I visited splake during my big road trip earlier this year, driving all the way to Michigan’s Upper Peninsula to see the man in his natural habitat. I had been thinking about compiling his nature-related work before that, but the trip pushed me over the edge.

For those of you unfamiliar with his work, t. kilgore splake is a boho-beat poet well-known and widely published in the small press world. I’ve been following his work for over two decades. His nature-related verse, while only a fraction of what he has written, really resonates with me. I think some of his short narratives about excursions into the wild are engaging, as well. Hence the compilation of this book.

splake’s take on the wild is quite different from most. That’s what I find so interesting about him – that and the fact that extended camping trips in the UP when he was younger completely changed his life. I strongly urge those of you who want to see the power of nature at work upon an individual’s psyche to check out this book. You can get a copy by going to the Wood Thrush Books website. It is also available at Amazon.com.  

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Oct 03 2020

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Restless in Autumn

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For six days in a row, I have been all wrapped up in my philosophical speculations, writing about Nature spelled with a capital “N.” Haven’t gotten out for much more than the occasional walk around the neighborhood in the process. Well, this morning I finally put on my boots and headed for the hills – for nearby hills to be exact.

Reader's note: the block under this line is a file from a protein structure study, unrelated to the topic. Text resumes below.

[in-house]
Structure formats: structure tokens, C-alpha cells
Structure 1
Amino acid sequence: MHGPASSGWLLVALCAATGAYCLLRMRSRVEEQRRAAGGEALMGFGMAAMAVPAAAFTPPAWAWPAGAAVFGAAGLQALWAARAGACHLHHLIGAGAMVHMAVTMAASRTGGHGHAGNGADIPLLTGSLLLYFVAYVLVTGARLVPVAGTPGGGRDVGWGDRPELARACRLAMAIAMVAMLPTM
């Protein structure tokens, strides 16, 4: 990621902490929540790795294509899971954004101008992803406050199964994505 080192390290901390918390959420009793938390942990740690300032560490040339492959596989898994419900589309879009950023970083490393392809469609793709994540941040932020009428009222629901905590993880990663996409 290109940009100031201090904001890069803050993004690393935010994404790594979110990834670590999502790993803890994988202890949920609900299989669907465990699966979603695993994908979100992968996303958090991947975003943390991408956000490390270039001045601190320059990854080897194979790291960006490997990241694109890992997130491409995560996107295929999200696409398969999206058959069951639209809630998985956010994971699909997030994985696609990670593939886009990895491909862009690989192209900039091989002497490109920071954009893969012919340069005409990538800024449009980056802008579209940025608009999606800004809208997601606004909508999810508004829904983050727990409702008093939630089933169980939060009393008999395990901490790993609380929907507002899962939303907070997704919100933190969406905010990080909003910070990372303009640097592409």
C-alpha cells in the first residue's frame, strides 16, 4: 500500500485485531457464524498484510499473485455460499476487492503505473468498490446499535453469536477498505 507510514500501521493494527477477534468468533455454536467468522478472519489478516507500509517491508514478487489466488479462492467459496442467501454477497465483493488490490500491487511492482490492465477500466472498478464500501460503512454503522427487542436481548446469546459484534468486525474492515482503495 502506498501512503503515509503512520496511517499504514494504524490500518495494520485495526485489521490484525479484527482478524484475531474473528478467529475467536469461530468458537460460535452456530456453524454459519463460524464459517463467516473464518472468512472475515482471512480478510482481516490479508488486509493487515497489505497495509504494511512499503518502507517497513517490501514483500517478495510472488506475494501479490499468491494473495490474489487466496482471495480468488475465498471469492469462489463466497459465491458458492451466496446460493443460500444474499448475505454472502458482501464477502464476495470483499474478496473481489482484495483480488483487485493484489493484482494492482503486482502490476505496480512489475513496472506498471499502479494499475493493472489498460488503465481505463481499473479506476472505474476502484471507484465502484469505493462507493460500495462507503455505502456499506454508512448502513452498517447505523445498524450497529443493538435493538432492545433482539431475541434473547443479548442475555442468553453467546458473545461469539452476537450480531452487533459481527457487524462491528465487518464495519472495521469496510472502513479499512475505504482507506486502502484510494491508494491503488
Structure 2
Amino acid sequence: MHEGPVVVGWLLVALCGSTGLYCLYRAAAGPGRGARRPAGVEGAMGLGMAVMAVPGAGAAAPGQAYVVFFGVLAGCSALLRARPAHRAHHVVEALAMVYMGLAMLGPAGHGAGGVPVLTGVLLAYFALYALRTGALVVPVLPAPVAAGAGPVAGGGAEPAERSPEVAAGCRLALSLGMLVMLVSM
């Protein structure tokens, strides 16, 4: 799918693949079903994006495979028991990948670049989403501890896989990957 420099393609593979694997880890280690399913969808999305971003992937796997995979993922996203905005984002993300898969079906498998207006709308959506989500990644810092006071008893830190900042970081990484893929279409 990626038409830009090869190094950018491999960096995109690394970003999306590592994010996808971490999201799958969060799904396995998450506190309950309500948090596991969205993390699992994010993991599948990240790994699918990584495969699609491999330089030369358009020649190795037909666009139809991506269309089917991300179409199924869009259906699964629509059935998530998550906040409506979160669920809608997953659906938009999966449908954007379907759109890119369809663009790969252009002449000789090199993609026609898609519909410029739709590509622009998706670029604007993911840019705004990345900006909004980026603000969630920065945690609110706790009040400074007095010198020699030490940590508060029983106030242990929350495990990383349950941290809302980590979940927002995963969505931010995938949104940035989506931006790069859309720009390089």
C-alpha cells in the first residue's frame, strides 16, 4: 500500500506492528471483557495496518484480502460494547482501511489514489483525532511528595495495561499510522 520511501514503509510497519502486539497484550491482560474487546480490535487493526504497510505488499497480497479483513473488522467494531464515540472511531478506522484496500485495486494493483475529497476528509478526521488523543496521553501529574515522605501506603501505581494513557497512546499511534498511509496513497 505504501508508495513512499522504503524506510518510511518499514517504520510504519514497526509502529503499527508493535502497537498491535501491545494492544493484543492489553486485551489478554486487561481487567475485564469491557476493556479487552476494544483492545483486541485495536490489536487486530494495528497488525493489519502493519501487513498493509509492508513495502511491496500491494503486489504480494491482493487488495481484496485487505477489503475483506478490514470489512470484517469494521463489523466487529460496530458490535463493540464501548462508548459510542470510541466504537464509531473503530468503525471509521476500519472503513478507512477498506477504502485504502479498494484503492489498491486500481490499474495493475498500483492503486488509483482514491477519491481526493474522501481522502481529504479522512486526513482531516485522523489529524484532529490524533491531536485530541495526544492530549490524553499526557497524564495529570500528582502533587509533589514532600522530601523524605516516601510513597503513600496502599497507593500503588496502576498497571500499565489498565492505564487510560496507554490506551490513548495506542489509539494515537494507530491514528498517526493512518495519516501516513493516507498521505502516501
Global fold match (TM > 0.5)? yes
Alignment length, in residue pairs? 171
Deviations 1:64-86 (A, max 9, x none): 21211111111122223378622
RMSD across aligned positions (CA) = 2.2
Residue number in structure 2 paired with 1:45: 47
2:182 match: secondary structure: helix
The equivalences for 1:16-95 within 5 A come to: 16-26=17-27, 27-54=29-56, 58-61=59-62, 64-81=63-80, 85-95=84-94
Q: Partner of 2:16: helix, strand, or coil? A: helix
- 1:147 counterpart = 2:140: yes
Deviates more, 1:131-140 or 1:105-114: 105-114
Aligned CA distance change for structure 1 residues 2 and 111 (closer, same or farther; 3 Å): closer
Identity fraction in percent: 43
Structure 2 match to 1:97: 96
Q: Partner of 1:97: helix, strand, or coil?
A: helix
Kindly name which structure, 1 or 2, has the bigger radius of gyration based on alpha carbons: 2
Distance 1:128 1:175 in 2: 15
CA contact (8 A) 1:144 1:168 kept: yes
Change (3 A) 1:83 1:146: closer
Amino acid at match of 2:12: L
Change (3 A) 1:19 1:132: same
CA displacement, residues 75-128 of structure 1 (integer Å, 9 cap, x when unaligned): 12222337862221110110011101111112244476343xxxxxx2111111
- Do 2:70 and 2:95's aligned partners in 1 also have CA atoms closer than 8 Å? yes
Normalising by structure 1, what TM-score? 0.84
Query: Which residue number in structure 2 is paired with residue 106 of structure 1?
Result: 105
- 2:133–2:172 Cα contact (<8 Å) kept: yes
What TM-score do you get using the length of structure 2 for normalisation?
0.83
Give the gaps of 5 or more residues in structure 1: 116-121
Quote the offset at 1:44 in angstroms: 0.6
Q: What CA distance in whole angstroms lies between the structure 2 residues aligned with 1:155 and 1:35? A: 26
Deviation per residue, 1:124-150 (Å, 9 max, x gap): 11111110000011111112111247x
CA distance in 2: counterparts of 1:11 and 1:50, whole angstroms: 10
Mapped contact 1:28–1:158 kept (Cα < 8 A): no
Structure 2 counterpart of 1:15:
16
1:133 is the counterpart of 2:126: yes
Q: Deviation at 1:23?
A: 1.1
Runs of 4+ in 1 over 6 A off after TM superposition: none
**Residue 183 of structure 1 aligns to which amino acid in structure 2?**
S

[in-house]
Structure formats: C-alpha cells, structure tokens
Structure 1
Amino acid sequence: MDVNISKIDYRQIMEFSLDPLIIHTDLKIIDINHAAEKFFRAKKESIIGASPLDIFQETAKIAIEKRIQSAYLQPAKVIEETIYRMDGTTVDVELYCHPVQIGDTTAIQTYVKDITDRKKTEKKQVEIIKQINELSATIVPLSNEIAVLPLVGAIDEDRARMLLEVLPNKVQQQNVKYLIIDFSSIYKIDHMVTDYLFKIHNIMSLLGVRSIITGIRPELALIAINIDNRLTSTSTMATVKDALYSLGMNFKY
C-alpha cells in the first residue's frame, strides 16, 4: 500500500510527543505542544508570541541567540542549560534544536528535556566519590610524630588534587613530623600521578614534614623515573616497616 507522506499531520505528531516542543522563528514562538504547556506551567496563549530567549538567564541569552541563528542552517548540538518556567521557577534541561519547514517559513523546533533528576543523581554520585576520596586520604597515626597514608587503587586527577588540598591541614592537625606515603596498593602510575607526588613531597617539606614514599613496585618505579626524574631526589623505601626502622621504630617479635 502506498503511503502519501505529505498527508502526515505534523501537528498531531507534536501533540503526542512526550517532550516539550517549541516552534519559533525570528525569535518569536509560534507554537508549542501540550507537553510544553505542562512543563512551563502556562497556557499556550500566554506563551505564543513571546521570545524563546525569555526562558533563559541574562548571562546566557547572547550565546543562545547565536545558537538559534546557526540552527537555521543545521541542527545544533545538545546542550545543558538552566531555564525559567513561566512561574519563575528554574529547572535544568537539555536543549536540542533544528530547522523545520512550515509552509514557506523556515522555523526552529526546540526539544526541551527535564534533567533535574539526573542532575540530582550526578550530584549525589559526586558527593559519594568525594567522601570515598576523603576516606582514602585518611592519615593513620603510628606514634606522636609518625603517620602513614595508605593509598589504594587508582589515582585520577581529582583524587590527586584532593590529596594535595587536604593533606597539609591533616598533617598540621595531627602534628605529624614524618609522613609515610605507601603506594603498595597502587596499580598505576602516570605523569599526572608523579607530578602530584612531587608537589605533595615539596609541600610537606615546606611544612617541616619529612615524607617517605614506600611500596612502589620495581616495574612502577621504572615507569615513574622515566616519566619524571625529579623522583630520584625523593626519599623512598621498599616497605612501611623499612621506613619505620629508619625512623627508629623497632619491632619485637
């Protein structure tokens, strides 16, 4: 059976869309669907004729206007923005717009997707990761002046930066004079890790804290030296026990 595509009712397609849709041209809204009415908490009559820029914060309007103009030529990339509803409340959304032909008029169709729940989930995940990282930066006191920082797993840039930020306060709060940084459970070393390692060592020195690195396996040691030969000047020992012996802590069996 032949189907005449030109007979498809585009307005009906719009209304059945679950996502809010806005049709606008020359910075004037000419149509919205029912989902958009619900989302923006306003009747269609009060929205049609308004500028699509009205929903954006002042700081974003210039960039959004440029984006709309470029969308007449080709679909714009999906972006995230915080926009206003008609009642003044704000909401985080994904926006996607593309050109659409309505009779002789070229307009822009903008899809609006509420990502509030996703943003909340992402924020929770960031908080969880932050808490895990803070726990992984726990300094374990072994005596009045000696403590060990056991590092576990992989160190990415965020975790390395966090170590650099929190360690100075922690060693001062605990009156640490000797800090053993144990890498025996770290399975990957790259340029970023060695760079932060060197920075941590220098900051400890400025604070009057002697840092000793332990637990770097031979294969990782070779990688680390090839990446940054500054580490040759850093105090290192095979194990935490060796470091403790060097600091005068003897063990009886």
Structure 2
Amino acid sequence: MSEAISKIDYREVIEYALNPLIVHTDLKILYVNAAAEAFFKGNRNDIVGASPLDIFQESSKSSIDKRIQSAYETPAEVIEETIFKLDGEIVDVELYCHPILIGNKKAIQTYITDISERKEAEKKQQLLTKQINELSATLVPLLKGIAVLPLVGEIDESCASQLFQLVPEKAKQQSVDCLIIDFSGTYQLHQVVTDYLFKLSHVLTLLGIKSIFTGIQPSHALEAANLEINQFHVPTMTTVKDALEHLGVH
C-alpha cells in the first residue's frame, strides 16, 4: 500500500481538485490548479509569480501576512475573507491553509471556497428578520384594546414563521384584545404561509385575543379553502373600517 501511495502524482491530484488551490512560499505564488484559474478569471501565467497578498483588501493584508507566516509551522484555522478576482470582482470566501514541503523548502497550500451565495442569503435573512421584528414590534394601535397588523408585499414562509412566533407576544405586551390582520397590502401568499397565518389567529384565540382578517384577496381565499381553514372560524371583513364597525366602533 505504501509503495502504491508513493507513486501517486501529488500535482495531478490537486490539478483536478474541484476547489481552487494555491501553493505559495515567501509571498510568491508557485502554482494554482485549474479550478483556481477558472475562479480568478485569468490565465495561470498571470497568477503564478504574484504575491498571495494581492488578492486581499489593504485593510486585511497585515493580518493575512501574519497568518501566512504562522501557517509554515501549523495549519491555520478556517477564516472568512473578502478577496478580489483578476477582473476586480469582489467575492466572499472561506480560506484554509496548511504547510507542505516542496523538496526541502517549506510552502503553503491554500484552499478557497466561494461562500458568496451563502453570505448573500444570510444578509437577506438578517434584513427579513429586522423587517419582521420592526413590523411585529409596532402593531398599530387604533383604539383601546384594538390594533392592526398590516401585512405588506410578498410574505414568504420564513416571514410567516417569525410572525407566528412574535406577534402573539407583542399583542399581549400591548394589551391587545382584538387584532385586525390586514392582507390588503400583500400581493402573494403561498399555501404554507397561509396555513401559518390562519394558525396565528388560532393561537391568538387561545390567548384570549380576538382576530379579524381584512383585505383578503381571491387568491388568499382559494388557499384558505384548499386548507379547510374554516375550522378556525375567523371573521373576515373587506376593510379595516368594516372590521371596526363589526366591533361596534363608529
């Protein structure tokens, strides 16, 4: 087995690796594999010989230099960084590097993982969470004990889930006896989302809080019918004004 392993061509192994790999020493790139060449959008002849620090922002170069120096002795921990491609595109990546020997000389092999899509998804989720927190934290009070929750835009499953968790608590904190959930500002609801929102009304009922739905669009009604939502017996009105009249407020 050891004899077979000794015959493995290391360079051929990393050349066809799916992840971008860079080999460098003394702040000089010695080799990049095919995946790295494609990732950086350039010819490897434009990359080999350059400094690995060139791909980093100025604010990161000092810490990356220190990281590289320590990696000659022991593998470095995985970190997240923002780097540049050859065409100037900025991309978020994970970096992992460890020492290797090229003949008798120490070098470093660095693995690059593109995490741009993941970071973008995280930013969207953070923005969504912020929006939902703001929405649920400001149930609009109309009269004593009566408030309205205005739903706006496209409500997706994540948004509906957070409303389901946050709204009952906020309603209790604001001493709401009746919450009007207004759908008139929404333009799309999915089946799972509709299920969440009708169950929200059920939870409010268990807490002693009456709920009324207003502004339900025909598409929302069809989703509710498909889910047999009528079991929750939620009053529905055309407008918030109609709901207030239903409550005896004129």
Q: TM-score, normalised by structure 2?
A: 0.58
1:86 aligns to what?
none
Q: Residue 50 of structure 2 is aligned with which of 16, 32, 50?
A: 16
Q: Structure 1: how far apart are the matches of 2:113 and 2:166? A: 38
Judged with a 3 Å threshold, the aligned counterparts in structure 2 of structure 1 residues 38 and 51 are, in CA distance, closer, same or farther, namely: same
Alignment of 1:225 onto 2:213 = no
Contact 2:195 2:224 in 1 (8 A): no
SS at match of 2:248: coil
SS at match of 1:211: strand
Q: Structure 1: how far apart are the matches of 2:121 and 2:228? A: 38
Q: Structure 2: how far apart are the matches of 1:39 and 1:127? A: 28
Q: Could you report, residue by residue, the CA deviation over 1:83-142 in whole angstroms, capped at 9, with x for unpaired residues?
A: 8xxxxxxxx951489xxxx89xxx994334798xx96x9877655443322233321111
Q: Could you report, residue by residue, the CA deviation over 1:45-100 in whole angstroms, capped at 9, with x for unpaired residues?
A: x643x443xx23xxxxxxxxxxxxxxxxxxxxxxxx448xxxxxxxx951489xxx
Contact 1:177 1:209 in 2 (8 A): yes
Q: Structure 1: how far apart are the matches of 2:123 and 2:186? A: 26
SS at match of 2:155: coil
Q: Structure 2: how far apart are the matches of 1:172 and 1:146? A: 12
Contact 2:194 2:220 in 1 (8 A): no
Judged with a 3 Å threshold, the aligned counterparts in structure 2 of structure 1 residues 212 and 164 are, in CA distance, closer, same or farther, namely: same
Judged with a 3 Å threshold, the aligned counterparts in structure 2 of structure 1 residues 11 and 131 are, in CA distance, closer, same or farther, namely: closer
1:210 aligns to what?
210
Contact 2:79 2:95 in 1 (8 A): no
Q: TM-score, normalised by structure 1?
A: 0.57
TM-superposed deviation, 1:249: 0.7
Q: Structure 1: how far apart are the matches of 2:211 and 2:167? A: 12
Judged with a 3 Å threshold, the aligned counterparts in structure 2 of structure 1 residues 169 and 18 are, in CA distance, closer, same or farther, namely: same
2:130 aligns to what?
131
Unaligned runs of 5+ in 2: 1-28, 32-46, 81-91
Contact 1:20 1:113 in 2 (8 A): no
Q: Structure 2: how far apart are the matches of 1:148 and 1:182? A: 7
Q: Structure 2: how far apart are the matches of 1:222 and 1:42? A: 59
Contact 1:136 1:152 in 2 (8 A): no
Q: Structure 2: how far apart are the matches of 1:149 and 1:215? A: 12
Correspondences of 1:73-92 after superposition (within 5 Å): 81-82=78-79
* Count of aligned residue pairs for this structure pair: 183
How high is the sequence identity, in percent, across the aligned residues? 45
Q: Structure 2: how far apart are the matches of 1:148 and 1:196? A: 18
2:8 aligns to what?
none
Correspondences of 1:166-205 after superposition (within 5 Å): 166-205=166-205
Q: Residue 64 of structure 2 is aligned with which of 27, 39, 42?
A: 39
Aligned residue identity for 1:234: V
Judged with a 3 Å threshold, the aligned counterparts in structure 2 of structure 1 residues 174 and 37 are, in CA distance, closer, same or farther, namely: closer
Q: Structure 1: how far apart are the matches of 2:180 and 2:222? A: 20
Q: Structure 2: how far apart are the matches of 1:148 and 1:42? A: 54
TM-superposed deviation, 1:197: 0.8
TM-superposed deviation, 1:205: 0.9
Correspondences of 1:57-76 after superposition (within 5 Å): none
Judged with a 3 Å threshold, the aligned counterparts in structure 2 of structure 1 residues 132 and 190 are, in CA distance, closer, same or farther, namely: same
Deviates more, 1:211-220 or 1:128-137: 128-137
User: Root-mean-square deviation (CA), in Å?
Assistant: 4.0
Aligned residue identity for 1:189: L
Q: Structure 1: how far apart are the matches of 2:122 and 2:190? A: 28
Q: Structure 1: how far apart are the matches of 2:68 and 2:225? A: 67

French Hill is a pocket of undeveloped woods only half a dozen miles from my home. After parking my car along the side of a road adjacent to it, I walked a track a quarter mile back. Then I started bushwhacking. Most of the time I hike well-established trails like most other hikers, but every once in a while, I need to get off the beaten path. Bushwhacking is the best way to do that.

With a large pond in sight, it was easy to keep my bearings. I have done this tramp many times before so I knew that all I had to do was circumnavigate the pond and I’d eventually hit the track leading me back out to my car. Simple.

With the sky overcast and temps in the 50s after a day of rain, the woods were cool and damp. Not that I minded that. I stopped once to ritually burn a copy of a book that I’ve recently published, but stayed on the move otherwise. The hike kept me warm.

Just north of the pond, I came to a smaller annex pond created by beavers a few years ago. Unattended and overgrown with grass, cattails and other vegetation, I couldn’t see the dam at first. But when I finally found it, I crossed over with little difficulty. I stopped on the dam long enough to enjoy the fiery orange, gold and rust foliage on the far side of the larger pond. Here in the Champlain Valley, the autumn colors are nearing peak. Stick season can’t be far away.

Finally returning to my car, I drove home feeling much better. Writing about nature is like scratching an itch. It’s rewarding to do this kind of writing, but there’s nothing like the real thing. Have to get out every once in a while.